Hello, i am confused of this... There are Indirect and direct object pronouns..... How do they differ?
I have two sentences: Il me regarde(Direct object pronoun) Il me parle(Indirect object pronoun)
How do they differ?
It's important to understand that some verbs in French can have direct objects, some can have indirect objects, and some can have both. In general, a direct object is the recipient of the action of the verb:
- il a frappé *l'homme 'he struck *the man'
- il l'a frappé 'he struck him'
- il m'a frappé 'he struck me'
An indirect object can be thought of as the beneficiary of the action of the verb, the person to or for whom the verb is carried out, and in French, nominal indirect objects are always preceded by a preposition, usually à:
- *il a parlé à l'homme 'he spoke to the man'
- il lui a parlé 'he spoke to him'
- il m'a parlé 'he spoke to me'
A few verbs take both a direct and an indirect object:
- il a donné le cadeau (direct object) à l'homme (indirect object) 'he gave the gift to the man'
- il le (direct object) lui (indirect object) a donné 'he gave it to him'
- il me (indirect object) l'(direct object) a donné 'he gave it to me'
French 1st and 2nd person indirect object pronouns look just like their direct object counterparts: me, te, nous, vous. The reflexive 3rd person prounoun, se, is also the same whether it represents a direct or an indirect object. In the non-reflexive 3rd person, however, the two sets of pronouns are different: le/la (direct) vs. lui (indirect), les (direct) vs. leur (indirect).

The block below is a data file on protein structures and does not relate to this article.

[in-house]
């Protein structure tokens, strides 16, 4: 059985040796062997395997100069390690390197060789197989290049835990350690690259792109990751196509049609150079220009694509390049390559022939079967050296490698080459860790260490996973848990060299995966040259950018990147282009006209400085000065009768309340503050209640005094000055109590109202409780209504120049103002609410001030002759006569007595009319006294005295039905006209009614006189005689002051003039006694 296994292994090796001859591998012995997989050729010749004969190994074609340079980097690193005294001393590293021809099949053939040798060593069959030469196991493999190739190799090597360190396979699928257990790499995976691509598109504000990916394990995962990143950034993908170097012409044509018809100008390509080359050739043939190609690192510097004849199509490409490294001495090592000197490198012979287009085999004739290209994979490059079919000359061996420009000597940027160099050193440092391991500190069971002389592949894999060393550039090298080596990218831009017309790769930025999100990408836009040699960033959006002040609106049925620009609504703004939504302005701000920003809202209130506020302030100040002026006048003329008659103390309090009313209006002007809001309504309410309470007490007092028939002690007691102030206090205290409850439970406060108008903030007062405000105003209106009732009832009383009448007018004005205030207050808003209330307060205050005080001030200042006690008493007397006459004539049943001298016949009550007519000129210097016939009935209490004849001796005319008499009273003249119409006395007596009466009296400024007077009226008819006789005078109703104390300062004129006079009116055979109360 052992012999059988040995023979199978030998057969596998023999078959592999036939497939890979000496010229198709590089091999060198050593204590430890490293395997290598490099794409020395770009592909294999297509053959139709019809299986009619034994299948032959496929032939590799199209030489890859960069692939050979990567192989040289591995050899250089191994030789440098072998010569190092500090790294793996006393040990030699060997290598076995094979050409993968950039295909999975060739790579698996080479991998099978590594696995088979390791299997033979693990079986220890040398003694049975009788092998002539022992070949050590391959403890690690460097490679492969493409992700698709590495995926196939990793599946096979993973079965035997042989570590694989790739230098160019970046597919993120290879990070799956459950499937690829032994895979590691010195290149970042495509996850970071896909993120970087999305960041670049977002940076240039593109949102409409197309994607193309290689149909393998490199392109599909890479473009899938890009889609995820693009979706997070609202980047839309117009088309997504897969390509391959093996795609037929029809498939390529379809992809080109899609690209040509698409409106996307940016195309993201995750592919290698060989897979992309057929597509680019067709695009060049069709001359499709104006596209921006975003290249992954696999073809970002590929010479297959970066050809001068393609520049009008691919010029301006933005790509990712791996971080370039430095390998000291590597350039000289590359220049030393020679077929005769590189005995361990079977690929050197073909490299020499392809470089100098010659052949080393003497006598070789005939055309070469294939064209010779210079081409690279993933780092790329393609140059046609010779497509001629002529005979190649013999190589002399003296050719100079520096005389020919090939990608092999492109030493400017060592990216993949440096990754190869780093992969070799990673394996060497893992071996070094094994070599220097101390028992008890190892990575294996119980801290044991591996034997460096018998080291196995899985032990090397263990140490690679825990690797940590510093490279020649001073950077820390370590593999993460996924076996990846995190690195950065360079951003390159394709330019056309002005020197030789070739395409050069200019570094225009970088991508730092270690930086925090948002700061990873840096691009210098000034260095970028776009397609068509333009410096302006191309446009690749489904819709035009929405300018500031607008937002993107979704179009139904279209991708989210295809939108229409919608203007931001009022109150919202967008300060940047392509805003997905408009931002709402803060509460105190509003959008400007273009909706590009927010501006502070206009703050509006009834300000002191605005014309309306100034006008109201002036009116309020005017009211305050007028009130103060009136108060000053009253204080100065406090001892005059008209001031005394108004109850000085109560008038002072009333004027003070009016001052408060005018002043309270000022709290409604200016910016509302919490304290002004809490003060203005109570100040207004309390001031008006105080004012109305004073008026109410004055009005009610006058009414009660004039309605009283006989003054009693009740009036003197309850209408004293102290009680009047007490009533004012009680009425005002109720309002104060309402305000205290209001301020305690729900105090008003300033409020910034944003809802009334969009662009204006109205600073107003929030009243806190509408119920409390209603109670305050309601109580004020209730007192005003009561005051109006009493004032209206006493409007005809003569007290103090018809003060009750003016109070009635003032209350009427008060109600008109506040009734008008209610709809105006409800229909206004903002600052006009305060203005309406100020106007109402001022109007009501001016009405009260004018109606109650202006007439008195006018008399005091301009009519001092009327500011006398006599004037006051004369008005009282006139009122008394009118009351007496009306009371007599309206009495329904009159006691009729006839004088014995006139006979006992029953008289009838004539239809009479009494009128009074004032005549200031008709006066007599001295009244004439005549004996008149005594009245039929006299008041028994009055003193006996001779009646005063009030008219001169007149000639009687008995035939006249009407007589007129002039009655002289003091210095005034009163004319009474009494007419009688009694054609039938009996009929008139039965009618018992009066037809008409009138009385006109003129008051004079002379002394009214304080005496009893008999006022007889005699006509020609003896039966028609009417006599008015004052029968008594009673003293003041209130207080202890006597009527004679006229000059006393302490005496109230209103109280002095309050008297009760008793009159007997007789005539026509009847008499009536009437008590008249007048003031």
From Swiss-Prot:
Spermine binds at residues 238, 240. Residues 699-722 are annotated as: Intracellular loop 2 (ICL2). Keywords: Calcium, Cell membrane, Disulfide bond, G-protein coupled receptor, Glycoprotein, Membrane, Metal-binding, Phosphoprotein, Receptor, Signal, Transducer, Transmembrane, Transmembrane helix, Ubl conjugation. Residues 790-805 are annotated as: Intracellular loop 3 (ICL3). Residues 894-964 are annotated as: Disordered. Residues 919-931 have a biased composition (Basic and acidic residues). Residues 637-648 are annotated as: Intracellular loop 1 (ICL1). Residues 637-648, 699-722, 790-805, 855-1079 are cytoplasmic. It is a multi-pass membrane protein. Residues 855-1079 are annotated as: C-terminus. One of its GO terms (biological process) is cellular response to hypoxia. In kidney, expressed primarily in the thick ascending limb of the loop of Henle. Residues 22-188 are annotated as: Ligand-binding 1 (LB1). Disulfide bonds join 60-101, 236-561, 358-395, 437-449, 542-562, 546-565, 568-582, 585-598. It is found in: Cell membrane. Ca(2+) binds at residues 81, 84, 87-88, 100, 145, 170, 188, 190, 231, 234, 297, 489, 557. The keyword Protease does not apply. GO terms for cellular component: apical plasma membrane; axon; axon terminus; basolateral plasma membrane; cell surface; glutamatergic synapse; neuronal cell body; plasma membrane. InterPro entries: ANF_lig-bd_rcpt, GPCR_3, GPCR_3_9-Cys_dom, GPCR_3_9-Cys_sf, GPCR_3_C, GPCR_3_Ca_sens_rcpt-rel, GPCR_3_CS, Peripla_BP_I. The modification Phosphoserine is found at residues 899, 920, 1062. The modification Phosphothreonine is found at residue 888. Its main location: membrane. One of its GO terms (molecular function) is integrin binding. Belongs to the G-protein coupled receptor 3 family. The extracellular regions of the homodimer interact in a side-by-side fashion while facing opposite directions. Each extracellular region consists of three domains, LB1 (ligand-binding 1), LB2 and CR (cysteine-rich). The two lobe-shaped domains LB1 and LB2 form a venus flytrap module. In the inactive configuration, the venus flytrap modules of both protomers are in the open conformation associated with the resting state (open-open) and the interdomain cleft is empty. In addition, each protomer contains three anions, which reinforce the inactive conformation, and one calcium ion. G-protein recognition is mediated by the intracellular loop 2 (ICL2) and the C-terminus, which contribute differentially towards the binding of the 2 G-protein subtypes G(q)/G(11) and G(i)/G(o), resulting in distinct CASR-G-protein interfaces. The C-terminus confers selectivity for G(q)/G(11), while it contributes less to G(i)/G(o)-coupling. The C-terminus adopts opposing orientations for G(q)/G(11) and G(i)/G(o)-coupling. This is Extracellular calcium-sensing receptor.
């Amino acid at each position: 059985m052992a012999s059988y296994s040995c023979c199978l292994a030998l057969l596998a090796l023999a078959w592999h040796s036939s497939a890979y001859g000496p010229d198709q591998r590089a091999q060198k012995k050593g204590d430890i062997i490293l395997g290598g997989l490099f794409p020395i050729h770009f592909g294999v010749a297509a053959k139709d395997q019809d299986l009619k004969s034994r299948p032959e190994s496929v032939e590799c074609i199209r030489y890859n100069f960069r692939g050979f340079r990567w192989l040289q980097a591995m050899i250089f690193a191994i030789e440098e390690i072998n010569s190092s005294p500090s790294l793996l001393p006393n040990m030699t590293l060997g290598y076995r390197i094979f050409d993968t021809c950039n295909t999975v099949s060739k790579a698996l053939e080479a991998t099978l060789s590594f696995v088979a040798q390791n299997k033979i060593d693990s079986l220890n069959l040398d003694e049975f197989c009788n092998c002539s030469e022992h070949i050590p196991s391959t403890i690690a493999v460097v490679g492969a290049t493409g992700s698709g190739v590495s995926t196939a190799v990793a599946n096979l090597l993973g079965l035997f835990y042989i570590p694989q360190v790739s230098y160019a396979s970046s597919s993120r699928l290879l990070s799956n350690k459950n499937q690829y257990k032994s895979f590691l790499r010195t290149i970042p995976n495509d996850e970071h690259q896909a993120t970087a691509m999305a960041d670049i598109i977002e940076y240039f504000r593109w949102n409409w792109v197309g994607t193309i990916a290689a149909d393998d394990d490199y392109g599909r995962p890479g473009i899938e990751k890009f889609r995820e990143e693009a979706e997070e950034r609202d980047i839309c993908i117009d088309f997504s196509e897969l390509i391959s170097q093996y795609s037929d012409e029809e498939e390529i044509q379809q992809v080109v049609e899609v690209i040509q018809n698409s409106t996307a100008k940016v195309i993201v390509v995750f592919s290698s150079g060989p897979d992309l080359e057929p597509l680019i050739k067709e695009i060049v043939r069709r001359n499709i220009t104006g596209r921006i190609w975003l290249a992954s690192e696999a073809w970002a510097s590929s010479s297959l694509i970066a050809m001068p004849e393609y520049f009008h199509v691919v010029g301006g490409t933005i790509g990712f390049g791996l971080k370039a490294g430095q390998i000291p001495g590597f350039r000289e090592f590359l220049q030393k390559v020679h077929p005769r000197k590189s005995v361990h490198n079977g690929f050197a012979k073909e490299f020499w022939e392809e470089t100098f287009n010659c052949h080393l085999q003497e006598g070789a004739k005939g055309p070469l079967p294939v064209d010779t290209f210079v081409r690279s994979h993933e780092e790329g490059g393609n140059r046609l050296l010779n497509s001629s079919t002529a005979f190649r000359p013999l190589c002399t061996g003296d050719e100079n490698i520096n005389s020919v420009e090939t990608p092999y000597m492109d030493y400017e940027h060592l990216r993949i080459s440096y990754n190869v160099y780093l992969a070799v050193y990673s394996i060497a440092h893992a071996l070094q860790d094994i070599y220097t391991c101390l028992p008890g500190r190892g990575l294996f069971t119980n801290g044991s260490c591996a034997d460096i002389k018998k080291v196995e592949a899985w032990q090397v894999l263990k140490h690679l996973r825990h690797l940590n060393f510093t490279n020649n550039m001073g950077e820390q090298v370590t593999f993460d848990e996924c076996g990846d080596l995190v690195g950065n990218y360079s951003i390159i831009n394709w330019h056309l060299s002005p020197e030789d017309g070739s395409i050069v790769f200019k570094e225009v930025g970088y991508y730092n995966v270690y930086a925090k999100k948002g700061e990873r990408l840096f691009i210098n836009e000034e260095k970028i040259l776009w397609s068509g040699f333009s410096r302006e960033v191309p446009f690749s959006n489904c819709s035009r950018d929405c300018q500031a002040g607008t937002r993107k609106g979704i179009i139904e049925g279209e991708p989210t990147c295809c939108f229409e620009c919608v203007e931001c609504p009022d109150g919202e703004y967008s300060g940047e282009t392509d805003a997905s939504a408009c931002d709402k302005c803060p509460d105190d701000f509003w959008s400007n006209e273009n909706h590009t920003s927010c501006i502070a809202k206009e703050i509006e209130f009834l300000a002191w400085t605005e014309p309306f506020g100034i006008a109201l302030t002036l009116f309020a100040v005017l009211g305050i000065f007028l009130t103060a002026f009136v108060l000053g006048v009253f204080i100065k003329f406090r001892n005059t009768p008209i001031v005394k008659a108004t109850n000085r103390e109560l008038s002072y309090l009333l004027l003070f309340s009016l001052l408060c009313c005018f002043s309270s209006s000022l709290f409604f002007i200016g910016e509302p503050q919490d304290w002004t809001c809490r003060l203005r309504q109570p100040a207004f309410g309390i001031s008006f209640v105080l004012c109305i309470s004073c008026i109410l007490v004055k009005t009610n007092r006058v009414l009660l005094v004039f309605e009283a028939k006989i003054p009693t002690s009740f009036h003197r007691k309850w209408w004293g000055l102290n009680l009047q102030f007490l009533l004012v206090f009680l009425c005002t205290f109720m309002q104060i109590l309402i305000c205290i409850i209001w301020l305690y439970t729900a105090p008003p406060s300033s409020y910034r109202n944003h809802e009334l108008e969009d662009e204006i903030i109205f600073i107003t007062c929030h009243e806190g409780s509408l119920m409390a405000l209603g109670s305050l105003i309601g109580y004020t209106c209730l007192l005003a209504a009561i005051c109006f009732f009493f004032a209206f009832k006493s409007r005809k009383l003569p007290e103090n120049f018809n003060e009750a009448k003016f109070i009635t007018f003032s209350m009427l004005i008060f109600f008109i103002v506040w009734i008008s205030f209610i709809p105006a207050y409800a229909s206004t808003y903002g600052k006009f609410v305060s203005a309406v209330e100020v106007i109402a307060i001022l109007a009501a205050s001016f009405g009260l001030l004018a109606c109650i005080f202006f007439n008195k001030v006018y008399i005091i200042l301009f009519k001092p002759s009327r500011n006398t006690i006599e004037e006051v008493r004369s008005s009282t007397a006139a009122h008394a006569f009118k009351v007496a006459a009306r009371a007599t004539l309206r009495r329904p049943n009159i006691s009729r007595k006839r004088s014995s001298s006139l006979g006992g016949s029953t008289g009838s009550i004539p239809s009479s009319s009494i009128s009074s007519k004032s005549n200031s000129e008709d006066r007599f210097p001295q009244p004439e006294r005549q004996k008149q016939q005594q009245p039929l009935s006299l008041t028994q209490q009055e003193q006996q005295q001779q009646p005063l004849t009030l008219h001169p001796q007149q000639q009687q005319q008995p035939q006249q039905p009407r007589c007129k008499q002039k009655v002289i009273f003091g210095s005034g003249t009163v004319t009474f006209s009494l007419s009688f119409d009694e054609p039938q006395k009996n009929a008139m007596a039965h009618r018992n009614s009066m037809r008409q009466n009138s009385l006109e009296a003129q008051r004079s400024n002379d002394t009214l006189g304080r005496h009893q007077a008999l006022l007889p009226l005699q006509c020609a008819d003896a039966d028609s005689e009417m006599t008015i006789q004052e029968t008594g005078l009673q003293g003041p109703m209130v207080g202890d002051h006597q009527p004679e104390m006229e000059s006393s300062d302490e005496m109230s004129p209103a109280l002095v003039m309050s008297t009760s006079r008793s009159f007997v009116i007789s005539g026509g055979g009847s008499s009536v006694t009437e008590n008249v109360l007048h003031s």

When more than one pronoun appears with a given verb, the order of the pronouns is fixed: me, te, nous, vous, se come before le, la, les, which come before lui, leur:
- il te l'a donné 'he gave it to you'
- il le leur a donné 'he gave it to them'
First and second person do not differ, but third person does :
il le regarde / il lui parle (singular)
il les regarde / il leur parle (plural)
In French you watch someone. That makes me a direct object in Il me regarde. However you speak to someone. That is why, in Il me parle, me is an indirect object (meaning à moi). Objects can be direct in French but indirect in English. For example, in English, you explain something to someone, whereas in French on explique quelqu'un, so someone is the direct object.
I expect someone else can explain this better than I can, or I may be wrong.
Some verbs can have two objects. Look at this example: Il me donne un livre. (He gives me a book.) "book" is the direct object - the book is given. "me" is the indirect object